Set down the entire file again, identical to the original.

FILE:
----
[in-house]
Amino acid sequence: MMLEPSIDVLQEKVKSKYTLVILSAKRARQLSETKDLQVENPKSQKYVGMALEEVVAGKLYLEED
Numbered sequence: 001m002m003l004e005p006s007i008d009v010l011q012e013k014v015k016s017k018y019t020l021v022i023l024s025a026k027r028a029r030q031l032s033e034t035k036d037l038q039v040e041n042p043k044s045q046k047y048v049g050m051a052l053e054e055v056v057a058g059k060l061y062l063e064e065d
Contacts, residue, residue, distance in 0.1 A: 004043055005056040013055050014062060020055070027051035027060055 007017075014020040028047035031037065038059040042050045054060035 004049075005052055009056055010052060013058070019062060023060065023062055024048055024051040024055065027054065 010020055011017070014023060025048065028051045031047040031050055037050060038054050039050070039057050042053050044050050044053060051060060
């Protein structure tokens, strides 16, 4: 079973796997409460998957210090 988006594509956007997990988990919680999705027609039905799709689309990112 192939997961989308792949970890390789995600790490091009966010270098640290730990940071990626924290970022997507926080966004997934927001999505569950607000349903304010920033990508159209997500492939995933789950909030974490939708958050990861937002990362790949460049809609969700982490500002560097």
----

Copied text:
[in-house]
Amino acid sequence: MMLEPSIDVLQEKVKSKYTLVILSAKRARQLSETKDLQVENPKSQKYVGMALEEVVAGKLYLEED
Numbered sequence: 001m002m003l004e005p006s007i008d009v010l011q012e013k014v015k016s017k018y019t020l021v022i023l024s025a026k027r028a029r030q031l032s033e034t035k036d037l038q039v040e041n042p043k044s045q046k047y048v049g050m051a052l053e054e055v056v057a058g059k060l061y062l063e064e065d
Contacts, residue, residue, distance in 0.1 A: 004043055005056040013055050014062060020055070027051035027060055 007017075014020040028047035031037065038059040042050045054060035 004049075005052055009056055010052060013058070019062060023060065023062055024048055024051040024055065027054065 010020055011017070014023060025048065028051045031047040031050055037050060038054050039050070039057050042053050044050050044053060051060060
């Protein structure tokens, strides 16, 4: 079973796997409460998957210090 988006594509956007997990988990919680999705027609039905799709689309990112 192939997961989308792949970890390789995600790490091009966010270098640290730990940071990626924290970022997507926080966004997934927001999505569950607000349903304010920033990508159209997500492939995933789950909030974490939708958050990861937002990362790949460049809609969700982490500002560097």